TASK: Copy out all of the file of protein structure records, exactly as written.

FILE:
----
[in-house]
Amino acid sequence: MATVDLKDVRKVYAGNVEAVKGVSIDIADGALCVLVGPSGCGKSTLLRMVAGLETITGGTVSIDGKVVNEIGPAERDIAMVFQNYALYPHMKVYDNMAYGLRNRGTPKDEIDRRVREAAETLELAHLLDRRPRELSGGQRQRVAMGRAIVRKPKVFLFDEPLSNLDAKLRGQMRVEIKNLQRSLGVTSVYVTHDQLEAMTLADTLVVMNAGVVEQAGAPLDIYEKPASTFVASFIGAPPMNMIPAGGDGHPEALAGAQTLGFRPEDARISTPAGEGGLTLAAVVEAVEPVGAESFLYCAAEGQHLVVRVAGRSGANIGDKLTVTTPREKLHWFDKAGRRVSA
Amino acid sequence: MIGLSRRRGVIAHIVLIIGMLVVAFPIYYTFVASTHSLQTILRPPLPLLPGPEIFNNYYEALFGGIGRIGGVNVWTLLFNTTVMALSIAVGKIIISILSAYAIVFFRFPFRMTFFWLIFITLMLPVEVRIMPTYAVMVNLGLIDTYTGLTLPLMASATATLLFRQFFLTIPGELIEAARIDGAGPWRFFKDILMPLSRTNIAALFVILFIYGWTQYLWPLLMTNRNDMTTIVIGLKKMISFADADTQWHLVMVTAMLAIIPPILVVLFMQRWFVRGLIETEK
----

[in-house]
Amino acid sequence: MATVDLKDVRKVYAGNVEAVKGVSIDIADGALCVLVGPSGCGKSTLLRMVAGLETITGGTVSIDGKVVNEIGPAERDIAMVFQNYALYPHMKVYDNMAYGLRNRGTPKDEIDRRVREAAETLELAHLLDRRPRELSGGQRQRVAMGRAIVRKPKVFLFDEPLSNLDAKLRGQMRVEIKNLQRSLGVTSVYVTHDQLEAMTLADTLVVMNAGVVEQAGAPLDIYEKPASTFVASFIGAPPMNMIPAGGDGHPEALAGAQTLGFRPEDARISTPAGEGGLTLAAVVEAVEPVGAESFLYCAAEGQHLVVRVAGRSGANIGDKLTVTTPREKLHWFDKAGRRVSA
Amino acid sequence: MIGLSRRRGVIAHIVLIIGMLVVAFPIYYTFVASTHSLQTILRPPLPLLPGPEIFNNYYEALFGGIGRIGGVNVWTLLFNTTVMALSIAVGKIIISILSAYAIVFFRFPFRMTFFWLIFITLMLPVEVRIMPTYAVMVNLGLIDTYTGLTLPLMASATATLLFRQFFLTIPGELIEAARIDGAGPWRFFKDILMPLSRTNIAALFVILFIYGWTQYLWPLLMTNRNDMTTIVIGLKKMISFADADTQWHLVMVTAMLAIIPPILVVLFMQRWFVRGLIETEK